Education

Discover dynamic education programs and curriculum resources about the history of our city, state, and nation.

Institute for Constitutional History

Education Mission

The New-York Historical Society Education Division provides dynamic programming and curriculum resources for students and teachers in New York and beyond. Historical study sparks curiosity and creativity, promotes cultural understanding, and fosters an empowered citizenry to strengthen our democracy. Our staff of passionate professionals draws on our world-renowned collections to engage learners of all ages in the study of our collective past.

 

Education programs are made possible through endowments established by
National Endowment for the Humanities
The Hearst Foundations
The Peter Jay Sharp Foundation

Public funds are provided by
Institute of Museum and Library Services
New York City Department of Cultural Affairs in partnership with the City Council
Manhattan Borough President Gale A. Brewer
New York State Council on the Arts with the support of Governor Andrew Cuomo and the New York State Legislature

Education programs at New-York Historical receive generous support from
Gillian V. and Robert Steel
Pine Tree Foundation of New York
Robert and Mercedes Eichholz Foundation
Stavros Niarchos Foundation
Altman Foundation
IBM
The Hearst Foundation, Inc.
Sherri and Darren Cohen
Deutsche Bank
Onassis Foundation USA
Rice Family Foundation
Susan Waterfall
Robie and Scott Spector
Keith Haring Foundation
Con Edison
Alan Shuch and Leslie Himmel
Richard Reiss
Barker Welfare Foundation
Consulate General of the Netherlands
Dan W. Lufkin
Susan and Robert E. Klein
The Michael Tuch Foundation
Max and Victoria Dreyfus Foundation
GWG Foundation
Placer Partners and Ray Lent, Managing Partner
Henry Nias Foundation
an anonymous donor

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The Institute for Constitutional History sponsors or co-sponsors a variety of events during the academic year. Here is a partial list of upcoming and recent events:

Upcoming Events

The Law of Nations and the Early American Constitution: How Citizens, Aliens, Slaves, and Indians Struggled to Build a “Civilized Nation” (NYC Seminar)
Friday afternoons, 2-5 pm: January 31, February 14, 28, and March 13
Constitution-making in the United States originated in an international war and for decades remained a cosmopolitan drama in which Americans claimed to be constituting a “civilized nation.” In four sessions taking place at the New-York Historical Society, David Golove and Daniel Hulsebosch will lead an exploration of the ways that early Americans invoked the law of nations to make sense of, for example, what it meant to be a revolutionary republic in a world of nations; state-builders in the evening of Enlightenment; African-Americans in an “empire of liberty”; and Native Americans caught between encroaching settlers and a fragmented but powerful government. In these contests, the law of nations functioned as a dynamic field of principles, practices, and keywords through which diverse actors filled in constitutional meanings while arguing about how to structure their relationship with each other and the wider world.

The deadline to apply is December 30, 2019. LEARN MORE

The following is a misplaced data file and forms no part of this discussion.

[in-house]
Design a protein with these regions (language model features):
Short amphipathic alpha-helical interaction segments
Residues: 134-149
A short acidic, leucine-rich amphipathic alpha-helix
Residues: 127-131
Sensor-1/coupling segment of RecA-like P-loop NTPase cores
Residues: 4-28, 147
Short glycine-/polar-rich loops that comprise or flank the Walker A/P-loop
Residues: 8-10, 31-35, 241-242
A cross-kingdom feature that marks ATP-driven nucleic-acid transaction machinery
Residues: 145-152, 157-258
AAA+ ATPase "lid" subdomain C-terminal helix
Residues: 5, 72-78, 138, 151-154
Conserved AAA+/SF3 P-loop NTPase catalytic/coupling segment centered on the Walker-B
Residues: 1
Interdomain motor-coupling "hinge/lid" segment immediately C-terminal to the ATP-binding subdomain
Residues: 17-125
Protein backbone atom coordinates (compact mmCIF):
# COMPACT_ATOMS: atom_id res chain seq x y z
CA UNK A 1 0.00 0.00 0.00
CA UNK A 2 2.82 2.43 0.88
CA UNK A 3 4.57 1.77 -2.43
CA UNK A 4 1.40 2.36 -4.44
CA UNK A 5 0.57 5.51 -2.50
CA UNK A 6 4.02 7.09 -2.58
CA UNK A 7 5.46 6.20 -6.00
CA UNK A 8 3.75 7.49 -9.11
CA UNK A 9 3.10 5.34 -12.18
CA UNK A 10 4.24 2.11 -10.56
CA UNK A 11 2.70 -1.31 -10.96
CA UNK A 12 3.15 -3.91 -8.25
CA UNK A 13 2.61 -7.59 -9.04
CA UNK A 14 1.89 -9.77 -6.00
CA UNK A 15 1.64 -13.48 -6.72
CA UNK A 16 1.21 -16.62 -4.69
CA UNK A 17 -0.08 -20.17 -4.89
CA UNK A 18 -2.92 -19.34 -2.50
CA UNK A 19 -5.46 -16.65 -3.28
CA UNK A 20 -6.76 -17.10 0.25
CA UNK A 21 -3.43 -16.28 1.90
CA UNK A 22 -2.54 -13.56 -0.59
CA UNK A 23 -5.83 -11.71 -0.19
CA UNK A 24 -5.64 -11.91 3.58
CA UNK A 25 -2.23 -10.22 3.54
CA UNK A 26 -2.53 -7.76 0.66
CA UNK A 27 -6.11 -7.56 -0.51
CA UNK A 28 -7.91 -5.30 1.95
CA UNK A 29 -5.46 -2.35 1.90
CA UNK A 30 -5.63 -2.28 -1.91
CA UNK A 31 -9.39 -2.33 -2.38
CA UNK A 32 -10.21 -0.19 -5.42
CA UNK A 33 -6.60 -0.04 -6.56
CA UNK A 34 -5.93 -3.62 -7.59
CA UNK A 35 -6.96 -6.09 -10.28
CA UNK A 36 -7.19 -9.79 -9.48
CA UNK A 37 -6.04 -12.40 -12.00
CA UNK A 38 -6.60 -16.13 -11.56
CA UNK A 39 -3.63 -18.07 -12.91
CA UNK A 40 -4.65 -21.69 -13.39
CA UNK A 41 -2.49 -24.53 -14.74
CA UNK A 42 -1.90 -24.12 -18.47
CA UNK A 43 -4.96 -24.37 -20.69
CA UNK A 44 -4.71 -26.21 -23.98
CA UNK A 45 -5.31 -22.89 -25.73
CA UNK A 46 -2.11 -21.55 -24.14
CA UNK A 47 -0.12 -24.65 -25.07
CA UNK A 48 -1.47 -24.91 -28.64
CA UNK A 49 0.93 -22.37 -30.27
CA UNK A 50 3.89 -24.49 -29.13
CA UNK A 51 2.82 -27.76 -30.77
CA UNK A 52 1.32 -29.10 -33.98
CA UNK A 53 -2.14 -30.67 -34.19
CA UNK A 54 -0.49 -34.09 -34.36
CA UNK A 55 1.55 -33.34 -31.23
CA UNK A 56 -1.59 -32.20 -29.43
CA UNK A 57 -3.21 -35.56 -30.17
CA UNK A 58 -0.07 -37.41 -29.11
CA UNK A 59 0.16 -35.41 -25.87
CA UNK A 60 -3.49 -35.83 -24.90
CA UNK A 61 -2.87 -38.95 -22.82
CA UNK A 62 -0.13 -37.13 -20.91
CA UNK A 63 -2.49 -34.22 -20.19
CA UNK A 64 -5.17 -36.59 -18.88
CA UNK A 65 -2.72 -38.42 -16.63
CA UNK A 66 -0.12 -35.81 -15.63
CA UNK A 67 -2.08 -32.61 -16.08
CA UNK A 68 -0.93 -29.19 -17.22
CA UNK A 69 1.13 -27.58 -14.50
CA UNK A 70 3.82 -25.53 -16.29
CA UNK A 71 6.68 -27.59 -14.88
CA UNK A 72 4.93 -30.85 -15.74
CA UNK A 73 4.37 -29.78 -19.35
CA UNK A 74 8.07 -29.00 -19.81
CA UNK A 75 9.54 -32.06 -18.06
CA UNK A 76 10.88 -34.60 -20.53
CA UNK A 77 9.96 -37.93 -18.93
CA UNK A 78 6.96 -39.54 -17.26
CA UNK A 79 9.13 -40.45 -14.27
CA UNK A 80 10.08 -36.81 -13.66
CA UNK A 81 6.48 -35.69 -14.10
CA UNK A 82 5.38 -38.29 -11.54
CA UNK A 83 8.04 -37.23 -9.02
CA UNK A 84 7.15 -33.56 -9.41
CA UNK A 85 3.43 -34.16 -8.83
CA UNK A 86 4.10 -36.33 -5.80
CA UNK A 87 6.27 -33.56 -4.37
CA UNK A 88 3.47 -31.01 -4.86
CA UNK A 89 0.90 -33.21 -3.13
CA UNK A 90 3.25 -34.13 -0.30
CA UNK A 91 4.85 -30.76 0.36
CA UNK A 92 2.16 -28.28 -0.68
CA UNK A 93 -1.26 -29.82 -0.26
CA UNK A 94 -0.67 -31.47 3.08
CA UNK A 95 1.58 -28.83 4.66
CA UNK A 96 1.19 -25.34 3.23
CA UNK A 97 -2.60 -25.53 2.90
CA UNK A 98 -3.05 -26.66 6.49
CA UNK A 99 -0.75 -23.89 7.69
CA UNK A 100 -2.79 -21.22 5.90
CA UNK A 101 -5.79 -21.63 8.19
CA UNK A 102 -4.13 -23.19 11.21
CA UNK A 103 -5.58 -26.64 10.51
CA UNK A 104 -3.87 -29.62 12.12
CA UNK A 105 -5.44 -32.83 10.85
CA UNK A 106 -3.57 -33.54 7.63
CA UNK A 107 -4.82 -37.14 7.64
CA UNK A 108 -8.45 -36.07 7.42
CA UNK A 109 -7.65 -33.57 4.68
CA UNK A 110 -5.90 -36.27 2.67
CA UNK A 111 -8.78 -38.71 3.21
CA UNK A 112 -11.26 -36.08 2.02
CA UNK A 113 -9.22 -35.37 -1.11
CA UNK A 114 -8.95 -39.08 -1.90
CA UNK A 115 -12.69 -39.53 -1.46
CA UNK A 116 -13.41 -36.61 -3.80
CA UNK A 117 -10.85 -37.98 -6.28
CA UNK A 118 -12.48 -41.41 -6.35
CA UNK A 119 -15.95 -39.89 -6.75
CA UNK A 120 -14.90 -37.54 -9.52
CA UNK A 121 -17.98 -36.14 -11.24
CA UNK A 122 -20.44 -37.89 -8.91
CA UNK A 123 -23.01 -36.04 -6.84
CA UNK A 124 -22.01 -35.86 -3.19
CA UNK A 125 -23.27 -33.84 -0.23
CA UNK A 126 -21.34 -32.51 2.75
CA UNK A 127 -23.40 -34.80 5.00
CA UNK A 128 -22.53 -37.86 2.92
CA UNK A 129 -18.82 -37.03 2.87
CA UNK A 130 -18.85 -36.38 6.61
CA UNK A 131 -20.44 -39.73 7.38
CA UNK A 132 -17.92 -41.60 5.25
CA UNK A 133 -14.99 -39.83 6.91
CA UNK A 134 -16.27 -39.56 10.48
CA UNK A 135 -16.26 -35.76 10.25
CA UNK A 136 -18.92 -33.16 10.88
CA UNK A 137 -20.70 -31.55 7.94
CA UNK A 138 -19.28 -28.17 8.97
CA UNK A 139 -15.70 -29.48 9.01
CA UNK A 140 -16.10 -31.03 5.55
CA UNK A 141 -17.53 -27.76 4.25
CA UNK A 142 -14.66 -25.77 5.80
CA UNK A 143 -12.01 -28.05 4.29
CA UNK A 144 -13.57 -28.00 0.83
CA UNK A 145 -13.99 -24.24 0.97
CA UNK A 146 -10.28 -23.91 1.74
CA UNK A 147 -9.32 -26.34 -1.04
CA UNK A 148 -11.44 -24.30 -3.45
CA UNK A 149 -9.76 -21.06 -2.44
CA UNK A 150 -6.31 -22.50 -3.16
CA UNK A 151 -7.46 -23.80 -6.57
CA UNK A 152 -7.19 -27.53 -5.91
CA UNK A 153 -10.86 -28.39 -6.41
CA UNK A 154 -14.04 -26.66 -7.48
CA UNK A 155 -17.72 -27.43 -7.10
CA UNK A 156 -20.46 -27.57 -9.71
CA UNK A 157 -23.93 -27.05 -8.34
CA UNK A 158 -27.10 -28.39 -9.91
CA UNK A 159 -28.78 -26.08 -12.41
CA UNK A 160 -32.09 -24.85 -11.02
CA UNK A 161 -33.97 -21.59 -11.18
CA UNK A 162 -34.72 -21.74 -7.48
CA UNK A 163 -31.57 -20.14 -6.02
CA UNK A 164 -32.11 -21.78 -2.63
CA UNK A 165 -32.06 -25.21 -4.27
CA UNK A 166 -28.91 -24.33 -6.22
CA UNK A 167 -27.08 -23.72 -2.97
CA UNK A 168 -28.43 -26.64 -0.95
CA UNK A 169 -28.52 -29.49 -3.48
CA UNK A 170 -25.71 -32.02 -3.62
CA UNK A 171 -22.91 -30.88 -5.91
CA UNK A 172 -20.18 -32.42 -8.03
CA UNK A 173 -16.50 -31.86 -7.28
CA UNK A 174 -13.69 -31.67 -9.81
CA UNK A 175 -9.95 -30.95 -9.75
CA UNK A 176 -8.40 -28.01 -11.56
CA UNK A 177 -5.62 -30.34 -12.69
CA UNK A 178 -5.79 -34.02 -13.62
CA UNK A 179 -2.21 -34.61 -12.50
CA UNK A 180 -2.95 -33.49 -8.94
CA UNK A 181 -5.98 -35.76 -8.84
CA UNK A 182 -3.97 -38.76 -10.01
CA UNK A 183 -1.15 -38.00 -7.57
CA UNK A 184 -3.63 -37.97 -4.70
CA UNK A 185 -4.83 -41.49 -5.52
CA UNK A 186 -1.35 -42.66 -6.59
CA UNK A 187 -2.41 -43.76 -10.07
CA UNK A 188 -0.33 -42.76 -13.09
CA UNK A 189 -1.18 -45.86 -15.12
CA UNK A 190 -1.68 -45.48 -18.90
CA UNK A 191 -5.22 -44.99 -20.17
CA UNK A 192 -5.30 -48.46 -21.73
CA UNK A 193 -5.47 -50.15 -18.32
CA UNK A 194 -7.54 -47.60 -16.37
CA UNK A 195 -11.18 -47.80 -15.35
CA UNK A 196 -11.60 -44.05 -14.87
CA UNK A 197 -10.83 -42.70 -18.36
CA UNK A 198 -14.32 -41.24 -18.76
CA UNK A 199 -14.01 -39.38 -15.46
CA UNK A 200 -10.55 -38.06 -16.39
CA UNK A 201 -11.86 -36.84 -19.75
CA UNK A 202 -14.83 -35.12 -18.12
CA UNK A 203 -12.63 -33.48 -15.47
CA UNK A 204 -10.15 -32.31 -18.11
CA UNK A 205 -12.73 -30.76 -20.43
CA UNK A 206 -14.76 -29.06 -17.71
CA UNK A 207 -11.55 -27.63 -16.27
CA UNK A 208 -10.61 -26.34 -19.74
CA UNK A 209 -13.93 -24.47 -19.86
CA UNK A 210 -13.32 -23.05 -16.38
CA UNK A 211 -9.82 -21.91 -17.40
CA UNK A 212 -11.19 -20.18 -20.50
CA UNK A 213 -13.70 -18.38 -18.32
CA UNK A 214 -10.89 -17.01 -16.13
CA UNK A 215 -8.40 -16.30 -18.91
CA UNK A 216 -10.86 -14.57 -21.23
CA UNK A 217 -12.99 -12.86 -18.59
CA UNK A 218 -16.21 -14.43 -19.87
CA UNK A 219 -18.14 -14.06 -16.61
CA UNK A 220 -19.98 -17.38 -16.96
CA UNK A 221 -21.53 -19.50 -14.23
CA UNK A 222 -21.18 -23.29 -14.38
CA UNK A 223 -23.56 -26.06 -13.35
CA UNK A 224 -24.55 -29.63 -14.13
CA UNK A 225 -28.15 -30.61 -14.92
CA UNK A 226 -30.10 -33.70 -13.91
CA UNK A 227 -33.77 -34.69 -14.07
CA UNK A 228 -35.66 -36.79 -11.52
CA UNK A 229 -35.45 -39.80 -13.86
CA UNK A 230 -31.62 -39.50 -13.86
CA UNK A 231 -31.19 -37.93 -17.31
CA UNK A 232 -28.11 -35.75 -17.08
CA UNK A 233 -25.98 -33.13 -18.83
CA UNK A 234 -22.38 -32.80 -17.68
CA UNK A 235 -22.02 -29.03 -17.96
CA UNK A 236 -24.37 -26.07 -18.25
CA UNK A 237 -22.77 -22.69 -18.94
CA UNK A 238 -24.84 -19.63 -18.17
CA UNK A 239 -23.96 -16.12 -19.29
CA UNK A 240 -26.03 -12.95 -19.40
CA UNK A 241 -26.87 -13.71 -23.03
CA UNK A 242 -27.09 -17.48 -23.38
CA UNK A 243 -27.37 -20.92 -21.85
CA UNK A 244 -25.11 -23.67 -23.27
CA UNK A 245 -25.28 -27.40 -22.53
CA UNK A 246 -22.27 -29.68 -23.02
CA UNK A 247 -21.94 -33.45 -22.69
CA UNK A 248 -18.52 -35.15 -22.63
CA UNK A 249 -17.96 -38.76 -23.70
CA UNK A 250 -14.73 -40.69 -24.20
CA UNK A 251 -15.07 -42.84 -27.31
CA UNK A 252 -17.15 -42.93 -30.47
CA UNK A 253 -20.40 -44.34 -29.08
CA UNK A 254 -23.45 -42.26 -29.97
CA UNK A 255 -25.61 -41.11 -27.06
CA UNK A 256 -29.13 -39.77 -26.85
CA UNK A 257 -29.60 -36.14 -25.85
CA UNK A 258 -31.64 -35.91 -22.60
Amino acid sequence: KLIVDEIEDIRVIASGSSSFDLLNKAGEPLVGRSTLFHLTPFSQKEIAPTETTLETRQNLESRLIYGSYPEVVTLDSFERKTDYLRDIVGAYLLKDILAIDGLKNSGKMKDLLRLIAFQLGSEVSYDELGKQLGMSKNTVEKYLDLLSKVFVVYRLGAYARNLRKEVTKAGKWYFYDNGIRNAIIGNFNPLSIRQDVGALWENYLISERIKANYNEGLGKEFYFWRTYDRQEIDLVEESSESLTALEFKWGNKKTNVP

Applications should be sent via email to MMarcus@nyhistory.org.

The Creation of the Constitution (D.C. Seminar)
Thursday nights, 6–8 pm, January 16, February 6, 27, March 19, April 2, 9, 2020
Few events have had more impact on American history than the framing and ratification of the Constitution. This seminar is designed to offer students with serious interests in history, political theory, and constitutional law an opportunity to learn more about these events by examining how the Constitution was created, debated, ratified, and interpreted during the origins of the Republic. Special attention will be given to early constitutional controversies involving implied powers, including slavery, western lands, the removal power, amendments, the federal judiciary, and the creation of a national bank. This seminar is led by John Mikhail across six sessions taking place at the George Washington University Law School in Washington, D.C.

The deadline to apply is December 20, 2019. LEARN MORE

Applications should be sent via email to MMarcus@nyhistory.org.

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ABOUT ICH

The Institute for Constitutional History (ICH) is the nation’s premier institute dedicated to ensuring that future generations of Americans understand the substance and historical development of the U.S. Constitution. Located at the New York Historical Society and the George Washington University Law School, the Institute is co-sponsored by the American Historical Association, the Organization of American Historians, and the American Political Science Association. The Association of American Law Schools is a cooperating entity. ICH prepares junior scholars and college instructors to convey to their readers and students the important role the Constitution has played in shaping American society. ICH also provides a national forum for the preparation and dissemination of humanistic, interdisciplinary scholarship on American constitutional history.

 

 

 

Support for this seminar of the Graduate Institute for Constitutional History is provided in honor of Eric J. Wallach. The Graduate Institute for Constitutional History is supported, in part, by the Saunders Endowment for Constitutional History and a “We the People” challenge grant from the National Endowment for the Humanities.

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